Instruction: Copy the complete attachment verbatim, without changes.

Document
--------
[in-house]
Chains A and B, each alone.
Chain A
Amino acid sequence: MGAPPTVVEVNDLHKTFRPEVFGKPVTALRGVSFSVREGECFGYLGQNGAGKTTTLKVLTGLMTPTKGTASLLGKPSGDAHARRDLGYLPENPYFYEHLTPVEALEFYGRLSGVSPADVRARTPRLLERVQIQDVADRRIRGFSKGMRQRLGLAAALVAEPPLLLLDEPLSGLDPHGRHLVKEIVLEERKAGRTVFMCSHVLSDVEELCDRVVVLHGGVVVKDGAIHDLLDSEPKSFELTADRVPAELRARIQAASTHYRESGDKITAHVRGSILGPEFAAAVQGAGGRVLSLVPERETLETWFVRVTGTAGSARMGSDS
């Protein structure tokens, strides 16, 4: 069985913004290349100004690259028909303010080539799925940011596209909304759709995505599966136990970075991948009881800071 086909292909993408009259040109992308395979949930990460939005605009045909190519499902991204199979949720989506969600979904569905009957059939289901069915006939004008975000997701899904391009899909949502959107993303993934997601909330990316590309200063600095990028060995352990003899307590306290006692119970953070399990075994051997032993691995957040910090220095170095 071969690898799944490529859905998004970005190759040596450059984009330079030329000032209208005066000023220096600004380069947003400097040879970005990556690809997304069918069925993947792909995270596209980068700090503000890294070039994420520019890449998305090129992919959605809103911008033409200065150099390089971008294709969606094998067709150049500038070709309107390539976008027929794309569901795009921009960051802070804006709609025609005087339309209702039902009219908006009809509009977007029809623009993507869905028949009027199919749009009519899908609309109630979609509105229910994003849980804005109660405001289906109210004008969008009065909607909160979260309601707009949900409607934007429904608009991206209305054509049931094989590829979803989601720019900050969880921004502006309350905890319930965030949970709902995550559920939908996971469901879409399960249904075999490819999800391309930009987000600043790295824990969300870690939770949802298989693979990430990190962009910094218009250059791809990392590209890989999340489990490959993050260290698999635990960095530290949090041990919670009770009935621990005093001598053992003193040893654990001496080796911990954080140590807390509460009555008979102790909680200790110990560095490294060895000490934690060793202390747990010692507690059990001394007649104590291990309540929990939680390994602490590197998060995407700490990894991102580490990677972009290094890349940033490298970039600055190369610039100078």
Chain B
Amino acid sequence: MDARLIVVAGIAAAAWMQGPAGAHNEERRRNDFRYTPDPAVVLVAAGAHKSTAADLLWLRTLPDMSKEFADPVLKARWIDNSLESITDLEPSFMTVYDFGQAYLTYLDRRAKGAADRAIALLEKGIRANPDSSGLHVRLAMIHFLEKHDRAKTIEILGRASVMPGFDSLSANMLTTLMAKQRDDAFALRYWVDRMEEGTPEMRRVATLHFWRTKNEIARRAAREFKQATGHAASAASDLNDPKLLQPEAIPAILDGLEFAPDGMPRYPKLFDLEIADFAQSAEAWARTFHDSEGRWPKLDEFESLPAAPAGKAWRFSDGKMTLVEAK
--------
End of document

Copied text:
[in-house]
Chains A and B, each alone.
Chain A
Amino acid sequence: MGAPPTVVEVNDLHKTFRPEVFGKPVTALRGVSFSVREGECFGYLGQNGAGKTTTLKVLTGLMTPTKGTASLLGKPSGDAHARRDLGYLPENPYFYEHLTPVEALEFYGRLSGVSPADVRARTPRLLERVQIQDVADRRIRGFSKGMRQRLGLAAALVAEPPLLLLDEPLSGLDPHGRHLVKEIVLEERKAGRTVFMCSHVLSDVEELCDRVVVLHGGVVVKDGAIHDLLDSEPKSFELTADRVPAELRARIQAASTHYRESGDKITAHVRGSILGPEFAAAVQGAGGRVLSLVPERETLETWFVRVTGTAGSARMGSDS
């Protein structure tokens, strides 16, 4: 069985913004290349100004690259028909303010080539799925940011596209909304759709995505599966136990970075991948009881800071 086909292909993408009259040109992308395979949930990460939005605009045909190519499902991204199979949720989506969600979904569905009957059939289901069915006939004008975000997701899904391009899909949502959107993303993934997601909330990316590309200063600095990028060995352990003899307590306290006692119970953070399990075994051997032993691995957040910090220095170095 071969690898799944490529859905998004970005190759040596450059984009330079030329000032209208005066000023220096600004380069947003400097040879970005990556690809997304069918069925993947792909995270596209980068700090503000890294070039994420520019890449998305090129992919959605809103911008033409200065150099390089971008294709969606094998067709150049500038070709309107390539976008027929794309569901795009921009960051802070804006709609025609005087339309209702039902009219908006009809509009977007029809623009993507869905028949009027199919749009009519899908609309109630979609509105229910994003849980804005109660405001289906109210004008969008009065909607909160979260309601707009949900409607934007429904608009991206209305054509049931094989590829979803989601720019900050969880921004502006309350905890319930965030949970709902995550559920939908996971469901879409399960249904075999490819999800391309930009987000600043790295824990969300870690939770949802298989693979990430990190962009910094218009250059791809990392590209890989999340489990490959993050260290698999635990960095530290949090041990919670009770009935621990005093001598053992003193040893654990001496080796911990954080140590807390509460009555008979102790909680200790110990560095490294060895000490934690060793202390747990010692507690059990001394007649104590291990309540929990939680390994602490590197998060995407700490990894991102580490990677972009290094890349940033490298970039600055190369610039100078």
Chain B
Amino acid sequence: MDARLIVVAGIAAAAWMQGPAGAHNEERRRNDFRYTPDPAVVLVAAGAHKSTAADLLWLRTLPDMSKEFADPVLKARWIDNSLESITDLEPSFMTVYDFGQAYLTYLDRRAKGAADRAIALLEKGIRANPDSSGLHVRLAMIHFLEKHDRAKTIEILGRASVMPGFDSLSANMLTTLMAKQRDDAFALRYWVDRMEEGTPEMRRVATLHFWRTKNEIARRAAREFKQATGHAASAASDLNDPKLLQPEAIPAILDGLEFAPDGMPRYPKLFDLEIADFAQSAEAWARTFHDSEGRWPKLDEFESLPAAPAGKAWRFSDGKMTLVEAK